Nov 13 2019

A Noble Effort | “A Noble Porterfield Story”

Even though we are past Veterans Day- this story, among so many others help shape the story of Giles. We are grateful for the service men and women from our communities. Thank you to Doug Martin and the Walkers of Newport for sharing this story with us. 

A Noble Effort | “A Noble Porterfield Story”

It is appropriate to recognize veterans in all wars and also to pause and reflect on some of the realities of those who left the friendly confines of the Sinking Creek Valley to travel world-wide leaving their footprints and fingerprints as indelible markers in service to their country.  One such individual from Newport was Noble Porterfield.


Growing up in the 1920s and 1930s could be challenging as the world went through World War I, the horrendous flu epidemic of 1919, then the Great Depression.  The Porterfield family similar to many of the local families had the strong work ethic, the rural survivor skills and a “make -do” mentality that would serve them well as they each traveled their journeys into adult hood.


1930s picture of Mr. Portfield

Noble Porterfield


Noble was the oldest of six brothers and sisters and joined the army in the 1930s serving as a platoon sergeant.  One of his early assignments was in Hawaii and on Saturday December 6, 1941 Noble’s football team (with Noble as the left end) had prevailed as football champions.  After a night of celebration, his regiment quartered at Schofield Barracks (Pearl Harbor) was to leave for the island of Hawaii for a period of rest and relaxation.  At about 7:55 a.m. on December 7, 1941 the first Japanese planes appeared over Oahu and began strafing the motor pool at Wheeler Field and bombing the American fleet in the harbor about 3 miles away.   The surprise attack on Pearl Harbor that President Franklin Roosevelt called “a date which will live in infamy” would formally place the United States into WWII.  Amid the confusion at that time, the US soldiers in Noble Porterfield’s unit dug into their fox holes and never returned to their Schofield Barracks.  On that day the Navy nearby took the brunt of the attack and as a side note Maury Atkins who grew up in Maybrook near the Porterfield home was a survivor on the USS Oklahoma at Pearl Harbor.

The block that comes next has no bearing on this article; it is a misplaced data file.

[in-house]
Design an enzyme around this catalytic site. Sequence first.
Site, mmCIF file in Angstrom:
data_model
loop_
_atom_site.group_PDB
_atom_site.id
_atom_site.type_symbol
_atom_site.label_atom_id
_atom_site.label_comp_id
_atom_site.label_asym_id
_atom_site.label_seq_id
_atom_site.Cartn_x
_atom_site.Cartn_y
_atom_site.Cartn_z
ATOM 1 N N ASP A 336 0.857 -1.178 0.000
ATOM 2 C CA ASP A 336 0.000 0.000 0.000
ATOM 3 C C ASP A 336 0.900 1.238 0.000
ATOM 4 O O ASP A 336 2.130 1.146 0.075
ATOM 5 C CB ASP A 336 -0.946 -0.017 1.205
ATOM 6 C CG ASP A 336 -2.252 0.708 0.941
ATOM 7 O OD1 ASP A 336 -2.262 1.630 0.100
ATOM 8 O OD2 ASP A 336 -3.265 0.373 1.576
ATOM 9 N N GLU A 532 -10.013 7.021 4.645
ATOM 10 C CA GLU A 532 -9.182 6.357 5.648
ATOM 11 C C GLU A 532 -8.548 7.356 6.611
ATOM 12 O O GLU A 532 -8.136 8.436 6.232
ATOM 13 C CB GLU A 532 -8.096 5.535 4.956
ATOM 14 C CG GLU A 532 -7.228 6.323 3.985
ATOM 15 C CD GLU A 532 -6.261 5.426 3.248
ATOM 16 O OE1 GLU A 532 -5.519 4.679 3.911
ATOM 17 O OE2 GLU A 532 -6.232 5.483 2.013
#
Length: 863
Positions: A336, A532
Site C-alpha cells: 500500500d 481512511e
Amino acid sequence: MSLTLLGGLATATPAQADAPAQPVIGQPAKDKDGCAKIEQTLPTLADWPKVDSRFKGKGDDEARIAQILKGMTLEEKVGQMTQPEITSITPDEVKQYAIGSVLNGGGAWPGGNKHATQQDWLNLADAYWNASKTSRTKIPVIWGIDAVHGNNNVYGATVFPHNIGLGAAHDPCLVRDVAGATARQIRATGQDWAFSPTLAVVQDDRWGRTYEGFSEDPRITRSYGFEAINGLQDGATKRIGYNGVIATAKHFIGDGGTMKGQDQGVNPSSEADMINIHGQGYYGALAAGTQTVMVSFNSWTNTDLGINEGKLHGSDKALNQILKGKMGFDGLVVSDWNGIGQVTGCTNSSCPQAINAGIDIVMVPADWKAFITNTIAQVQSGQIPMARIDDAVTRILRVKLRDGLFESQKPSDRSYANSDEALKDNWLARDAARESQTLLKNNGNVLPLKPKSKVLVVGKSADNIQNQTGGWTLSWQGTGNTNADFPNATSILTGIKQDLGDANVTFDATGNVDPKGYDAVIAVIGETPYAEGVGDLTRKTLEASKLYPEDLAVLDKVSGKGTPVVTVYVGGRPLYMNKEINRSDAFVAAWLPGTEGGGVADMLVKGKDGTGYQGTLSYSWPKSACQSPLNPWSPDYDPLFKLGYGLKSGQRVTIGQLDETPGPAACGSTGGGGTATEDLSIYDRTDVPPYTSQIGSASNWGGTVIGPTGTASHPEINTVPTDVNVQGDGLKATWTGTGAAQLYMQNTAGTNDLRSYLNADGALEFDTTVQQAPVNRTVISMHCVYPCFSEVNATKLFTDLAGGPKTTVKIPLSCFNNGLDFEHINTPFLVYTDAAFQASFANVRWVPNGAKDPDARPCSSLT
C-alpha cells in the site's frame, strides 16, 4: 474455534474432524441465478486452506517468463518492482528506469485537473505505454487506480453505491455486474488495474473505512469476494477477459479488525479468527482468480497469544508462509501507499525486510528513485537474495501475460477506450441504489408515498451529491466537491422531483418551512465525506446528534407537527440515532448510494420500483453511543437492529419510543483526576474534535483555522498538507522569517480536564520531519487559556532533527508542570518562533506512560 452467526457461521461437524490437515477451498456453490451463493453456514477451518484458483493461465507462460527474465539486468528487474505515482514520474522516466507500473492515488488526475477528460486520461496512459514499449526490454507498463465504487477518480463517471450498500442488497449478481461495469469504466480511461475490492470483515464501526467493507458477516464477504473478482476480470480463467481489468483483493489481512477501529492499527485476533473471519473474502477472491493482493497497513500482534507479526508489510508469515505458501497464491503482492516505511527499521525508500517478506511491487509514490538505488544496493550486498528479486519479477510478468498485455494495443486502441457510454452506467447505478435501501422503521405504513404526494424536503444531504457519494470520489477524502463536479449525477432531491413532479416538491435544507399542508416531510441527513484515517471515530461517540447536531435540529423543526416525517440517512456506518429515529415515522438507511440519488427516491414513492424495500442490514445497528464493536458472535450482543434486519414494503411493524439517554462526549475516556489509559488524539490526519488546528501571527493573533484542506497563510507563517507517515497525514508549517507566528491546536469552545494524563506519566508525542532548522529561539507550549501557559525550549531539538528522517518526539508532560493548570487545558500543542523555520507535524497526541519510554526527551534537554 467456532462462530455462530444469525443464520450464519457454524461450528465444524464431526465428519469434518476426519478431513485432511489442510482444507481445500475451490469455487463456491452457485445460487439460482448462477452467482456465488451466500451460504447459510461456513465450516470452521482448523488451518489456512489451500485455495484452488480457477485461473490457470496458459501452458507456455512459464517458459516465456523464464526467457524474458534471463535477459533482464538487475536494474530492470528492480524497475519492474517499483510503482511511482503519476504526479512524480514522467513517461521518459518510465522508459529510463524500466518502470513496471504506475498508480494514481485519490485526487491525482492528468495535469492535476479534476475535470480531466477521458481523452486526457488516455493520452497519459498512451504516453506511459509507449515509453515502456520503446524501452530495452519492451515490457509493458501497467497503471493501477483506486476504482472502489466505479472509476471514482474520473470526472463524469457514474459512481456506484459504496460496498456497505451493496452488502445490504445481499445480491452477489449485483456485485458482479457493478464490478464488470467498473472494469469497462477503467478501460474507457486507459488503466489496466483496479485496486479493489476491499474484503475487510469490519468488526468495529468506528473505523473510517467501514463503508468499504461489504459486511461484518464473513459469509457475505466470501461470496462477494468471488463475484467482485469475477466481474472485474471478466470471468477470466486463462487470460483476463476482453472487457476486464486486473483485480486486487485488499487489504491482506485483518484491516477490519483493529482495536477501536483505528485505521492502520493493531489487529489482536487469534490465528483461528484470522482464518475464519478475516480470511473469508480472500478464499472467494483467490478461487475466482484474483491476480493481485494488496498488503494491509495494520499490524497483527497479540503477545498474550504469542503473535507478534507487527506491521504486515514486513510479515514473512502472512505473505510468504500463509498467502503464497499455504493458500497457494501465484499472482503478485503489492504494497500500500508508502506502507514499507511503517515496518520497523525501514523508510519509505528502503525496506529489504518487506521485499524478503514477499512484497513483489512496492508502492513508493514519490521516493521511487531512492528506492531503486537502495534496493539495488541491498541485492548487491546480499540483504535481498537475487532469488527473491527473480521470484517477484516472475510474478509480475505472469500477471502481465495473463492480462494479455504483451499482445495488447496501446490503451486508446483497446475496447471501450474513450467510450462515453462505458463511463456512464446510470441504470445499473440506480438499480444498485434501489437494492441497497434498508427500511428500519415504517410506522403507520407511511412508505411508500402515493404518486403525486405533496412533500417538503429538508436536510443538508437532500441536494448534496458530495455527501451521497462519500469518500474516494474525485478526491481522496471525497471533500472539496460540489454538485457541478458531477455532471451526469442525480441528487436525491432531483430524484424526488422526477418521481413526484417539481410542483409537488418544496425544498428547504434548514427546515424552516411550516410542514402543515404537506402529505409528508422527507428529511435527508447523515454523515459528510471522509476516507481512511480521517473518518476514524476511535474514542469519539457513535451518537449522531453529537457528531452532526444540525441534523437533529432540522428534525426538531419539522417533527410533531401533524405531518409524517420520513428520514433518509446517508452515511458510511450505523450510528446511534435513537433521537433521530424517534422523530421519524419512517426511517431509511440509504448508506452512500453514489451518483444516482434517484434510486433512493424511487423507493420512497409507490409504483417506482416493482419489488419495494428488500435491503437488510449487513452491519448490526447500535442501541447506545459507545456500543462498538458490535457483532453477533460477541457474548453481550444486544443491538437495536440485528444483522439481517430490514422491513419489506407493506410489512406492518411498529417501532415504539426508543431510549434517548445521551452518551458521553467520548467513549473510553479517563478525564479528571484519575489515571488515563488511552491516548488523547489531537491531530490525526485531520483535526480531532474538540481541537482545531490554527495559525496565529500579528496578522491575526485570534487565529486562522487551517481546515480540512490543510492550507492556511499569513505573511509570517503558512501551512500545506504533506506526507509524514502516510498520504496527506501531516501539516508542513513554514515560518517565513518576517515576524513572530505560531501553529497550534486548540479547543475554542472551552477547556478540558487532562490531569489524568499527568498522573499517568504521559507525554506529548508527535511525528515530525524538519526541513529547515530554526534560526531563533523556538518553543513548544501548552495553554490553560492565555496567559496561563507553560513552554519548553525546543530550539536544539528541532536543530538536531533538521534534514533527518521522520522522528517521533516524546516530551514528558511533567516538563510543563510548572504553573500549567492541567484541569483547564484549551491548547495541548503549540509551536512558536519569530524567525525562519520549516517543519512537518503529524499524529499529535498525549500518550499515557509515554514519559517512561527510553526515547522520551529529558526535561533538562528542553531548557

As bad as the Pearl Harbor experience was, World War II had more tougher times ahead for Noble and his unit.  After helping in troop training in Oklahoma, Europe called with Noble being in France (Strasbourg) on Christmas Day 1944.   In the snow and cold of the winter of 1944-45, Noble’s platoon laid wire near the Siegfried Line and on into Germany and Austria with over half the platoon either not surviving or being captured.  Noble was also present for the release of prisoners at Dachau, an unforgettable experience.  For his military efforts, Noble was decorated with the Bronze Star for meritorious service in France and Germany and cited for his quality and outstanding leadership, courage and initiative while on wire-laying missions under heavy fire.


Bronze Star medal

Bronze Star


Noble was discharged from the military in June 1945 and began work at the Celanese in Narrows, Virginia in August 1945.  In 1947, He married Christine Lucas, a Newportonian, and from that union came two daughters, Mickey and Rochelle.  Today, Rochelle continues that service dedication with the Newport Rescue squad knowing that she is standing on broad shoulders and that her service is also appreciated.  As we pause on Veterans Day it is with a reverence that we offer “Thanks for your service” to the Porterfield family and to all veterans – admittedly often not fully understanding the depth of the dedication and experience.


Mr. & Mrs. Porterfield

Noble & Christine Porterfield

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